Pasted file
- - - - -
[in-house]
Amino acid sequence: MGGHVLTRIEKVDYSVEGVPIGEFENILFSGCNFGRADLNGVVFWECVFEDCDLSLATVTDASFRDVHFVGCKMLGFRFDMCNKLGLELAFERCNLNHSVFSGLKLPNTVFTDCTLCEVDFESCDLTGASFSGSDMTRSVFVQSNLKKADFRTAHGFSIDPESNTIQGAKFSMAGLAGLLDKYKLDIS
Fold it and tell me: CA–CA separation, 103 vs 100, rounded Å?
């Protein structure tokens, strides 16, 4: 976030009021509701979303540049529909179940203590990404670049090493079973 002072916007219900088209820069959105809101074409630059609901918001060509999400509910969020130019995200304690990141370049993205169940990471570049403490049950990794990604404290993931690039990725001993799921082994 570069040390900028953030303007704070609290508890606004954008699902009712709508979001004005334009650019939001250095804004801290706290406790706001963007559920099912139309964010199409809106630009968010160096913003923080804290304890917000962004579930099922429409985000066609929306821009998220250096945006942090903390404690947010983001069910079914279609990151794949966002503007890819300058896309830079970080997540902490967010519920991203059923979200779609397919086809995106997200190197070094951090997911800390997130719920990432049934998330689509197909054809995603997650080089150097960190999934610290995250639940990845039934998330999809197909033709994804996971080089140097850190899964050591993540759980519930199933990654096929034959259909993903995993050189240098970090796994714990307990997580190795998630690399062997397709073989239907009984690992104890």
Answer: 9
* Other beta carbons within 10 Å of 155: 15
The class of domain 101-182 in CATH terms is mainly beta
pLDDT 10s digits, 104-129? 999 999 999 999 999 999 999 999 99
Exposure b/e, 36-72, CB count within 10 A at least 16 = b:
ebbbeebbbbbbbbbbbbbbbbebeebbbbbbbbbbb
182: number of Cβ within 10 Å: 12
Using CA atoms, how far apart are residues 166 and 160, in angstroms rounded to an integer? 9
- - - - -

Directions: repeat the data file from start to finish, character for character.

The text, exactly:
[in-house]
Amino acid sequence: MGGHVLTRIEKVDYSVEGVPIGEFENILFSGCNFGRADLNGVVFWECVFEDCDLSLATVTDASFRDVHFVGCKMLGFRFDMCNKLGLELAFERCNLNHSVFSGLKLPNTVFTDCTLCEVDFESCDLTGASFSGSDMTRSVFVQSNLKKADFRTAHGFSIDPESNTIQGAKFSMAGLAGLLDKYKLDIS
Fold it and tell me: CA–CA separation, 103 vs 100, rounded Å?
């Protein structure tokens, strides 16, 4: 976030009021509701979303540049529909179940203590990404670049090493079973 002072916007219900088209820069959105809101074409630059609901918001060509999400509910969020130019995200304690990141370049993205169940990471570049403490049950990794990604404290993931690039990725001993799921082994 570069040390900028953030303007704070609290508890606004954008699902009712709508979001004005334009650019939001250095804004801290706290406790706001963007559920099912139309964010199409809106630009968010160096913003923080804290304890917000962004579930099922429409985000066609929306821009998220250096945006942090903390404690947010983001069910079914279609990151794949966002503007890819300058896309830079970080997540902490967010519920991203059923979200779609397919086809995106997200190197070094951090997911800390997130719920990432049934998330689509197909054809995603997650080089150097960190999934610290995250639940990845039934998330999809197909033709994804996971080089140097850190899964050591993540759980519930199933990654096929034959259909993903995993050189240098970090796994714990307990997580190795998630690399062997397709073989239907009984690992104890």
Answer: 9
* Other beta carbons within 10 Å of 155: 15
The class of domain 101-182 in CATH terms is mainly beta
pLDDT 10s digits, 104-129? 999 999 999 999 999 999 999 999 99
Exposure b/e, 36-72, CB count within 10 A at least 16 = b:
ebbbeebbbbbbbbbbbbbbbbebeebbbbbbbbbbb
182: number of Cβ within 10 Å: 12
Using CA atoms, how far apart are residues 166 and 160, in angstroms rounded to an integer? 9